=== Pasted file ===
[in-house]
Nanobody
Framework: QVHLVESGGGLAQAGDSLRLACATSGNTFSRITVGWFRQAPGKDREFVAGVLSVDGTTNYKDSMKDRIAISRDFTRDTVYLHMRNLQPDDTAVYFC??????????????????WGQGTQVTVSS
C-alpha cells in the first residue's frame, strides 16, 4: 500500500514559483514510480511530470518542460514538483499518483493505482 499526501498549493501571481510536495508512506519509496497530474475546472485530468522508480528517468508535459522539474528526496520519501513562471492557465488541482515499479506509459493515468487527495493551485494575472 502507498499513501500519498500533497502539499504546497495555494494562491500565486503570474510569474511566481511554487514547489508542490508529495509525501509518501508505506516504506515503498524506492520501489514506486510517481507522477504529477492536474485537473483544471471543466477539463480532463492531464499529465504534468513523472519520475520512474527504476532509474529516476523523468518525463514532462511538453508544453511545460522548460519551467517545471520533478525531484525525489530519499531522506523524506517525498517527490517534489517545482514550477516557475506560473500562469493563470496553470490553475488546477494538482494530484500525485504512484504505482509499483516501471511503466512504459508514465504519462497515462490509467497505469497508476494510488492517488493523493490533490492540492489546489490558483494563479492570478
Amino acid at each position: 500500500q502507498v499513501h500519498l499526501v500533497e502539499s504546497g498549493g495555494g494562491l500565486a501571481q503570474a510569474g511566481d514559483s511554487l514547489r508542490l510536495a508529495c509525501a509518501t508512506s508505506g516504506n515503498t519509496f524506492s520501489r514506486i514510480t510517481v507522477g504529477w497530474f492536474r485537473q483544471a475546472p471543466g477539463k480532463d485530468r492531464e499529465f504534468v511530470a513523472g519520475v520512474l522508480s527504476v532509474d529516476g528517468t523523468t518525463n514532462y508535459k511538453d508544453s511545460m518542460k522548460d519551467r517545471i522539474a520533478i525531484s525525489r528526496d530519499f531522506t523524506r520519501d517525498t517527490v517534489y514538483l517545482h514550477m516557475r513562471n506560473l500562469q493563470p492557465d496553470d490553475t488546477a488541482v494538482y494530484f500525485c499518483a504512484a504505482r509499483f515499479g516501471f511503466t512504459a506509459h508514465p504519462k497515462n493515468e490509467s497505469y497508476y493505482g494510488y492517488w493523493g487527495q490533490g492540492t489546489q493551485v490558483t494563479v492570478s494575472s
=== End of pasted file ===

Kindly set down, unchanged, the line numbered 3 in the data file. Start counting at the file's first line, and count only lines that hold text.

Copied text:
Framework: QVHLVESGGGLAQAGDSLRLACATSGNTFSRITVGWFRQAPGKDREFVAGVLSVDGTTNYKDSMKDRIAISRDFTRDTVYLHMRNLQPDDTAVYFC??????????????????WGQGTQVTVSS